Released: 2013, self release
Reviewer: Metal-Rules.com UK Team
It's been nearly thirty years since JIZZY PEARL and his Love/Hate cohorts burst onto the scene and had critics falling over themselves to praise their storming debut album (1990's Black Out In the Red Room won Album of the Year plaudits from both Kerrang! and Metal Hammer). In the ensuing quarter century or so Pearl has certainly racked up experience (as well as experiences): he has fronted LA Guns, Ratt, Adler's Appetite and (most recently) Quiet Riot; released several further albums with L/H, penned three novels, released two solo albums, rejoined his former L/H bandmates for a reunion tour during which they played their groundbreaking solo album in full...phew. Impressed yet?
The announcement that Love/Hate intended to release a mini-album at the end of 2013 caused much excitement amongst fans. Sadly, their hopes were dashed after it emerged that Pearl was attempting to release solo material under his old band's moniker. The threat of legal action from his former bandmate Jon E. Love meant that the album was hastily rebranded as Jizzy Pearl material (despite Pearl using the name 'Love/Hate' since 2002. Laws + bands = headache!). Pearl has recently announced that his upcoming UK tour in March will be the final swansong of this version of the band.
So! After that avalanche of information, let's now go to the subject at hand: Jizzy Pearl's SOLO mini-album, 'Crucified'. Altohugh there is another interesting nugget to be told: the album's opening track 'Hanging You Out To Dry' was publicised in quite an astonishing way. Pearl actually erected a cross on the famous 'Hollywood' sign and positioned himself on it! (Cos the song is about the sign, and the perils of Hollywood and stuff, y'see). The song itself has a quite bluesy, classic rock vibe, with a rather snazzy guitar solo and delectably sleazy outro. Pearl's trademark voice is still very much in evidence after all these years (sounding a bit strained in places, though).
As a change of pace, next is the straight-up ballad of the album, 'Sunny Day'. This time the vibe is very Seventies rock: Free, Skynard, Bad Company, and so on. In fact, the song sounds like a proggier, dreamier version of the Co's 'Feel Like Making Love', although its lyrics are sweeter (and certainly more subtle) than the aforementioned!
At the other end of the relationship scale is the witty 'You're Making Me Nervous', during which Pearl references disastrous first dates. It's quite darkly comedic in tone (the ticking clock is a nice touch). Again, the sound is very Seventies rock, with the added bonus of Pearl's vocal strength within the lower end of his register. With lyrics such as "...do you wish you were somewhere else...can I get you a cocktail just to keep it alive?" one can almost picture the awkward silences and gathering of sweat on the protagonist's brow. However dourly amusing the lyrics may be, the song lacks any real structure.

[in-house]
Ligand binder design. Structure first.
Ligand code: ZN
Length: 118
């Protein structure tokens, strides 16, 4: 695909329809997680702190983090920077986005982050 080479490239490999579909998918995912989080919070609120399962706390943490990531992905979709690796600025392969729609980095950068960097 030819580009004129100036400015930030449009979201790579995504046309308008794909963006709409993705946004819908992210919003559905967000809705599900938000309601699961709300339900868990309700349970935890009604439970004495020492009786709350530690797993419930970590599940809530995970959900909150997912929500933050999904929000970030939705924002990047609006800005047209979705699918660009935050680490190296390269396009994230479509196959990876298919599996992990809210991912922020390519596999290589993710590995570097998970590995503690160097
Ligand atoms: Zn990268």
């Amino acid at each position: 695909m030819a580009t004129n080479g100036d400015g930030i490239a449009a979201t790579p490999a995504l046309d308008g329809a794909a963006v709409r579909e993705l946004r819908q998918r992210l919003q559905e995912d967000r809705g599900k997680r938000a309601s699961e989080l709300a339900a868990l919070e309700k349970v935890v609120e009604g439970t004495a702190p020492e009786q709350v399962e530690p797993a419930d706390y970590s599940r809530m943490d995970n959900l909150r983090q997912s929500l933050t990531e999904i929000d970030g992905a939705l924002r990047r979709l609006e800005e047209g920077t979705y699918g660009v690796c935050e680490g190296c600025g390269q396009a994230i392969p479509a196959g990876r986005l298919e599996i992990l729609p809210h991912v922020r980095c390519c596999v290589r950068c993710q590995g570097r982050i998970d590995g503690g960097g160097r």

The 'anti love song' is next, in the form of 'I Don't Want To Be Your Baby'. Perched lyrically between Motley Crue's defiant 'Don't Go Away Mad (Just Go Away)' and Meatloaf's self-pityingly maudlin 'Two Out Of Three Ain't Bad', this is another number that treads the by-now clear path of Seventies classic rock - Pearl has definitely stuck to his guns throughout! Again, his voice sounds strained at times here.
Apparently influenced by his love of all things Led Zep is track five, 'Love Is All'. It's quite a modern folk-y number, and is actually rather lovely. As before, the lower tone creates a stronger vocal performance. Rather abrupt ending aside, this is certainly the highlight of this mini album.
Final number 'Too Late' pertains to someone's desire to go back in time and change aspects of their life. Unfortunately, as Pearl intones, "you can't go back". This bluesy number really tries hard to be cautionary and sombre, but sadly comes across as a bit too earnest and, well, dull actually. The musicianship however is outstanding, with definite shades of Gary Moore's emotional playing style evident. It still doesn't stop this from being a bit of an tepid ending to the album.
For a man with such a prolific output over his professional life, one gets the distinct impression that, although this most recent Love/Hate incarnation will come to an end after their tour in March, Pearl's solo efforts will continue unabated. Will they set the world on fire, as his earlier band's debut album did? Based on this solid but unremarkable release..probably not. If he can harness that 'fire in the belly' passion from almost three decades ago then yeah, quite possibly!
Review by Melanie Brehaut